State Sen. and Queens borough president candidate José Peralta, who was among the seven lawmakers secretly recorded by ex-Sen. Shirley Huntley, has been racking up legal bills, spending tens of thousands of campaign dollars on lawyers’ fees.
Since December, 2011, Mr. Peralta’s senate re-election and 2013 borough president campaigns have spent a combined $53,500.00 in fees to Stroock & Stroock & Lavan LLP, one of the city’s top election law firms, city and state finance records show. That includes $22,500 in payments from Mr. Peralta’s campaign for borough president–about a quarter of the total $88,873 the campaign has spent so far, the filings show.
Mr. Peralta’s campaign spokesman and the firm did not return numerous calls and emails for comments Thursday. Buy observers were left dumbfounded by the fees.
“I’m just astounded by that,” said one insider when presented with the numbers. “Three’s no political explanation that makes sense at first glance. That doesn’t mean there isn’t … but the guy hasn’t had a competitive election in years.”
A campaign for borough president typically spends no more than a couple thousand dollars on legal fees for help navigating campaign finance regulations.
When his campaign was asked by Politicker about the numbers last March, a spokesman said the spending had nothing to do with any investigation.
An attorney at the firm who specializes in criminal defense work, Joel Cohen, also reportedly refused to say whether he was representing Mr. Peralta in any sort of criminal investigation. “I don’t talk about who my clients are,” he told Crain’s New York Business earlier today.
Mr. Peralta was outed in court Wednesday as one of nine elected officials and aids secretly recorded by Ms. Huntley, as she tried to minimize her own sentence for funneling state money through a sham non-profit to fund shopping sprees. According to the U.S. Attorney’s Office, “eight of these nine individuals remain the subjects of ongoing criminal investigations”—although they repeatedly refused to say who.
City Councilman Ruben Wills said that federal law enforcement authorities told his lawyer that he is the lone outsider.
Mr. Peralta seemed to acknowledge Wednesday that he had been involved in some sort of investigation, but maintained his innocence.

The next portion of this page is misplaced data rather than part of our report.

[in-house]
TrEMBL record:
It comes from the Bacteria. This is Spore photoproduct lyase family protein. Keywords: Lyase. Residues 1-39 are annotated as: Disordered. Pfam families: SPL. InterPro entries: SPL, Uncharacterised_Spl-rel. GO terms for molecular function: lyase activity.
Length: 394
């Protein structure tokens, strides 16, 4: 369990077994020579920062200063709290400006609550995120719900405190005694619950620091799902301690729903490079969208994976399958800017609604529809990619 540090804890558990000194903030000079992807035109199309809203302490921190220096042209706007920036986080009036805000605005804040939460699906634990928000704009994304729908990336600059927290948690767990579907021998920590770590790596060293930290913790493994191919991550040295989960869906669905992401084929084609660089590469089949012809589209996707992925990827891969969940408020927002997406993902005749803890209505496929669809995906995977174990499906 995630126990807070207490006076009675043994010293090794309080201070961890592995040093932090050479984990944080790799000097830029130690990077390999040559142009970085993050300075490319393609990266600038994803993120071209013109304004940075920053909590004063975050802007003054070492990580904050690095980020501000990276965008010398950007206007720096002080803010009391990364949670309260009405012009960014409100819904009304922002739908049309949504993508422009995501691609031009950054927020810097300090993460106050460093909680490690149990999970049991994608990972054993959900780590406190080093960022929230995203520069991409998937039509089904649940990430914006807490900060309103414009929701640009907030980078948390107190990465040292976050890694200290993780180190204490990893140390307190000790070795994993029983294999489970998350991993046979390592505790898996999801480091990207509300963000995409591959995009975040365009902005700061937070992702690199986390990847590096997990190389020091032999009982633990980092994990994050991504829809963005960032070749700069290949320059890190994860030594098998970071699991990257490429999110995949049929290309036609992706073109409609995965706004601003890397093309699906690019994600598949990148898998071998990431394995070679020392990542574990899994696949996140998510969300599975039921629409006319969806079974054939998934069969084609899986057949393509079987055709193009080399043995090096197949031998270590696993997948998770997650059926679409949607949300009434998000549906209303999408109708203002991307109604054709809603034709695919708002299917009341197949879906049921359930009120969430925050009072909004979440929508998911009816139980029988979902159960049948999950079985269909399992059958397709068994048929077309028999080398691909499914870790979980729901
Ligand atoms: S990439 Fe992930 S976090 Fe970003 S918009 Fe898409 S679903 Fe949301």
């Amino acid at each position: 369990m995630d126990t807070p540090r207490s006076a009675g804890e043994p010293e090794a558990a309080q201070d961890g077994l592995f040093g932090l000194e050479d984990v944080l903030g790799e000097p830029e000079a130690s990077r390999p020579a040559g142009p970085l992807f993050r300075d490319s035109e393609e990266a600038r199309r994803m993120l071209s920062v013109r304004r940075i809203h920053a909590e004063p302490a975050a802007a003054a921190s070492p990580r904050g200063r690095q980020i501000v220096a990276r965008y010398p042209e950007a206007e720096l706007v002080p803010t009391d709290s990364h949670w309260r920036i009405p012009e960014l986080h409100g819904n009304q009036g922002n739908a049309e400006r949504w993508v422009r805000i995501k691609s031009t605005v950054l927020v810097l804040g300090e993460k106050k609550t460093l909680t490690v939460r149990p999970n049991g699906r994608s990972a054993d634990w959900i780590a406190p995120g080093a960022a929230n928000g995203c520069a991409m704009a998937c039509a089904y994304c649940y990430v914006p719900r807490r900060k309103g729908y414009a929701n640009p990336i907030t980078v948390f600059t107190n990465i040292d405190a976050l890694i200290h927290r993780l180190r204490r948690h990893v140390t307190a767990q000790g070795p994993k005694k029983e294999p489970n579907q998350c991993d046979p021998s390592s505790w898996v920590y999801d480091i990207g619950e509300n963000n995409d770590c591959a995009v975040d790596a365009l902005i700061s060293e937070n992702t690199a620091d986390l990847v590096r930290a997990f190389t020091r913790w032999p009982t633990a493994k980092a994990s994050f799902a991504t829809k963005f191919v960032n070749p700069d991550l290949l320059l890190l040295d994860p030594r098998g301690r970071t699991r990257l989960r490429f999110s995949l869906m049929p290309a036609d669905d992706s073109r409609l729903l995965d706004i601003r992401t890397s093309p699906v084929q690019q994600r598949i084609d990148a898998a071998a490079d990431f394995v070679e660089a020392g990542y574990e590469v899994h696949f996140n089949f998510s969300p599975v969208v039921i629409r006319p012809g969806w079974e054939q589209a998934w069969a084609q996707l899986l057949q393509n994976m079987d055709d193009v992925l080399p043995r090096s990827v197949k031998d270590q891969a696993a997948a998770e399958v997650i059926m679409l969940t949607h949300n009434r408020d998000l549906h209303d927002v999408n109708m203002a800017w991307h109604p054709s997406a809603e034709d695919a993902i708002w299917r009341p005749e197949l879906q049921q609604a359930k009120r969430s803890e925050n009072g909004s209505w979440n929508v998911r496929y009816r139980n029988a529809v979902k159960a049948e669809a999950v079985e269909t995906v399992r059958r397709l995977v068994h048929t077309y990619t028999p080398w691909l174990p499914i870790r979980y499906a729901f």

“I am confident that the authorities will find, if they have not already done so, that I have engaged in no wrongdoing whatsoever,” he said in a statement. The three other senators who released comments yesterday all specifically said they had not been contacted by investigators..
Mr. Peralta is facing a crowded race to replace term-limited borough President Helen Marshall, including City Councilman Peter Vallone Jr. and Leroy Comrie, former Councilwoman Melinda Katz, Sen. Tony Avella and former Assemblyman Barry Grodenchik.
Update (4:34 p.m.): Jerry Goldfeder, an attorney at the firm, said in a statement that he has indeed been representing Mr. Peralta, but that the senator is not a target of the investigation.
“I have been representing Senator Jose Peralta for the last few years only on standard election and campaign finance matters. When his name was released by the court yesterday, I introduced the Senator to my colleague Joel Cohen. Today Mr. Cohen and I met with the Assistant US attorneys, who assured us that Senator Peralta is not a target in their inquiry,” he said.
A spokesman for the U.S. Attorney’s office has refused to comment on the case.
Update (6:01 p.m.): Mr. Peralta’s campaign spokesman Frank Sobrino also issued another statement on the senator’s behalf:
“I have been assured by the U.S. Attorney’s office that I am not a target of their inquiry,” he said. “The corruption charges filed over the past several weeks against members of the state legislature and City Council have shaken confidence in the political system.
“The way to restore the public’s faith in government is through the honorable, dedicated and committed service it deserves and should expect of its elected representatives.”
Additional reporting by Colin Campbell.